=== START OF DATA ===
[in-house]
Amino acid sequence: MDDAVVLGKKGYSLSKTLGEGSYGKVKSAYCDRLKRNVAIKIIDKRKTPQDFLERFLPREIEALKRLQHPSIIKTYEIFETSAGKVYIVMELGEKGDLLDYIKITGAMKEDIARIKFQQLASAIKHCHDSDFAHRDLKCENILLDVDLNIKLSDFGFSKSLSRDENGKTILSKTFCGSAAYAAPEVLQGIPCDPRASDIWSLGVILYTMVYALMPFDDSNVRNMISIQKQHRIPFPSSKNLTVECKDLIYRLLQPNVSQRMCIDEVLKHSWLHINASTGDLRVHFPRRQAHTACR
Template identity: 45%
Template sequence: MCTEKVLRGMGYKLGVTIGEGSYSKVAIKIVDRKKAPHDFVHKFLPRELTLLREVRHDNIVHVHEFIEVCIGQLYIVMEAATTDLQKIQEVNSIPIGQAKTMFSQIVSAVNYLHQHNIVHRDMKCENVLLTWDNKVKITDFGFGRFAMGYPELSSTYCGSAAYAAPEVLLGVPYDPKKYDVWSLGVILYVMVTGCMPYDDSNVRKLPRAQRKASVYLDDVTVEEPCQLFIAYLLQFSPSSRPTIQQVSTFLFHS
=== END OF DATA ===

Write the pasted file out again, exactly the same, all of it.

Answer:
[in-house]
Amino acid sequence: MDDAVVLGKKGYSLSKTLGEGSYGKVKSAYCDRLKRNVAIKIIDKRKTPQDFLERFLPREIEALKRLQHPSIIKTYEIFETSAGKVYIVMELGEKGDLLDYIKITGAMKEDIARIKFQQLASAIKHCHDSDFAHRDLKCENILLDVDLNIKLSDFGFSKSLSRDENGKTILSKTFCGSAAYAAPEVLQGIPCDPRASDIWSLGVILYTMVYALMPFDDSNVRNMISIQKQHRIPFPSSKNLTVECKDLIYRLLQPNVSQRMCIDEVLKHSWLHINASTGDLRVHFPRRQAHTACR
Template identity: 45%
Template sequence: MCTEKVLRGMGYKLGVTIGEGSYSKVAIKIVDRKKAPHDFVHKFLPRELTLLREVRHDNIVHVHEFIEVCIGQLYIVMEAATTDLQKIQEVNSIPIGQAKTMFSQIVSAVNYLHQHNIVHRDMKCENVLLTWDNKVKITDFGFGRFAMGYPELSSTYCGSAAYAAPEVLLGVPYDPKKYDVWSLGVILYVMVTGCMPYDDSNVRKLPRAQRKASVYLDDVTVEEPCQLFIAYLLQFSPSSRPTIQQVSTFLFHS